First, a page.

- "So it was that my apprenticeship began wherein I stole and sweated and committed crimes, no longer for myself and my recognition, but rather for an odd pack of scabrous folk: the Assassins. Of whom, Mireille was the leader. And, reader, my labors there must live and die forever in silence."
- ―The final words recorded in Cartouche's memoirs.[src]
Louis-Dominique Garthausen (1693 – unknown), better known as Cartouche, was a legendary French highwayman, gang leader and womanizer, known to steal from the rich and give to the poor. He was also a member of the Assassin Brotherhood.
Born into poverty, Cartouche lived a self-described life of "debauchery, depredation and crime". As a youth, he quickly turned to theft as a means of survival. When he was fifteen, he broke into a wealthy mansion and encountered an older noblewoman, who took a fancy to him; she became Cartouche's lover for a time and taught him how to charm and to please.
Later on, Cartouche began targeting the rich to share their wealth amongst the impoverished, gaining him friends and allies. However, he was eventually caught by the authorities and condemned to be broken on the wheel. Mireille, Cartouche's lover at the time and the leader of the French Assassins, intervened, managing to bribe the executioner into faking the execution. Cartouche subsequently joined the Brotherhood and recorded his story in a diary, which he passed on to a younger Assassin prior to his death.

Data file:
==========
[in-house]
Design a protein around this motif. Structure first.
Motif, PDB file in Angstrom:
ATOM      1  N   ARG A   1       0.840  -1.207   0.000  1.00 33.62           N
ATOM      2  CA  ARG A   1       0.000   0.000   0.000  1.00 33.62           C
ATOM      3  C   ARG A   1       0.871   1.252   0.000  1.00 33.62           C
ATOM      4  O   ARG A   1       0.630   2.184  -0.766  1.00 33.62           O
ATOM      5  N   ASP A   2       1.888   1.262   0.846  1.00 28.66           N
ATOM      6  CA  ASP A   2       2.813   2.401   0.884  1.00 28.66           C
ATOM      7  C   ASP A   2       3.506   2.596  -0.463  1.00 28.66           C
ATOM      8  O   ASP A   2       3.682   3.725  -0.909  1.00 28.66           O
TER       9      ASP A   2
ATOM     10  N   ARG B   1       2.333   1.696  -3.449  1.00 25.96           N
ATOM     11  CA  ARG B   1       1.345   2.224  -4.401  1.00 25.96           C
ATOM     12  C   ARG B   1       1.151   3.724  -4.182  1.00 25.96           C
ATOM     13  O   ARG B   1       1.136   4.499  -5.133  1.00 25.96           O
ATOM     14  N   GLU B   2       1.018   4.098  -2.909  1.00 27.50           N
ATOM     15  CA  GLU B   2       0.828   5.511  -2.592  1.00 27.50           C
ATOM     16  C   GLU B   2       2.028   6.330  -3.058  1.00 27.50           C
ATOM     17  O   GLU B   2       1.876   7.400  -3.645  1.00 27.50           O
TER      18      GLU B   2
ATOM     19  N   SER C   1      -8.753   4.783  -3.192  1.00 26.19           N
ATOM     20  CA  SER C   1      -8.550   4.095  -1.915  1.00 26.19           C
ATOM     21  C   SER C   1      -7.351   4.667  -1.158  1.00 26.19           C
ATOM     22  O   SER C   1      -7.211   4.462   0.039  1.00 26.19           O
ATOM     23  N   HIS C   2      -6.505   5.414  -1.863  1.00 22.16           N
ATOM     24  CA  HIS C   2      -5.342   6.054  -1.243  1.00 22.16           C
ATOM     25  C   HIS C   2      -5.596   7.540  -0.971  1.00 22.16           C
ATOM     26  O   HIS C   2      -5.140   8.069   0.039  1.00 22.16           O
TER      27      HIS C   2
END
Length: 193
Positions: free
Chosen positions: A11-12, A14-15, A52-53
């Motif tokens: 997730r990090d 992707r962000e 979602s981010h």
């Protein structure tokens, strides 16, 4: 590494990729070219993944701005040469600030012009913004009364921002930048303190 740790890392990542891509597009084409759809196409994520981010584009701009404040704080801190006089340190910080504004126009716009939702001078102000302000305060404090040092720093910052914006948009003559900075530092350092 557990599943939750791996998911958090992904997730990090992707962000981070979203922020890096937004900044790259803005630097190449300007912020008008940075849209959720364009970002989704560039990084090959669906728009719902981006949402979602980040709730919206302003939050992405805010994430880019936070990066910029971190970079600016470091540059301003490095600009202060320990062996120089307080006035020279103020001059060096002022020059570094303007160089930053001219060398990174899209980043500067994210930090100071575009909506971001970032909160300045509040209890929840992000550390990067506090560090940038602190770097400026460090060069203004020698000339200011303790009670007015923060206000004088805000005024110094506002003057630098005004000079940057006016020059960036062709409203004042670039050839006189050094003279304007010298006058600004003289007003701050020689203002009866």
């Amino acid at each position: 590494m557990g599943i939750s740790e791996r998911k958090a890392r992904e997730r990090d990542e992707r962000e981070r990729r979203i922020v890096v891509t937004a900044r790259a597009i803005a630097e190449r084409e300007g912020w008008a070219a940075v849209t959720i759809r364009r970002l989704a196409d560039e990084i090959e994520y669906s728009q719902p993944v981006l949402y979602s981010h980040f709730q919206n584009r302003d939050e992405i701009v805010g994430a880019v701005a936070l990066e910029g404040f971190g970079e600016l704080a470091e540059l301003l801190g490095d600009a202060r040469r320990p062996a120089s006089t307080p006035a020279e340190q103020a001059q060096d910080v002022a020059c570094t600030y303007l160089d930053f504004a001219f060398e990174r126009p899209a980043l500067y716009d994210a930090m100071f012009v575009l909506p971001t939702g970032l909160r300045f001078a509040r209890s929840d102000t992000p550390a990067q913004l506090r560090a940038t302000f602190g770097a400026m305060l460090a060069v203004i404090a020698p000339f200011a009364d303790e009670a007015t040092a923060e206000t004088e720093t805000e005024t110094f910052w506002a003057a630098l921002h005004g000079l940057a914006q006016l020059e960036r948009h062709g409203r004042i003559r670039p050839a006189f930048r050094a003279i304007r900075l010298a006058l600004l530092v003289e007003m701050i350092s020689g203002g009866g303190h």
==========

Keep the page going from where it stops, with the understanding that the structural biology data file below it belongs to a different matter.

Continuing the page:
- "I have carried on the work of my forebears - filching from the wealthy to feed the impoverished. And I have plied my trade well. Yet here I find myself an old man, stretched thin and slowed by time, eager to find another to carry on my work, and bear the name Cartouche into a new century."
- ―Cartouche explaining his desire to find a successor.[src]
The recipient of the memoirs became the new incarnation of the bandit Cartouche, allowing his legend to live on. By the time of the French Revolution, the third incarnation of Cartouche had become an old Assassin that had lost the diary to the Templars. Through chance, he encountered Arno Dorian and requested his help in getting the memoirs back.
Though skeptical of Cartouche's claims, the young Assassin agreed to the task and, upon completing it, earned the old man's approval. Cartouche then revealed that he was looking for someone to succeed him and informed Arno that he could potentially be that person.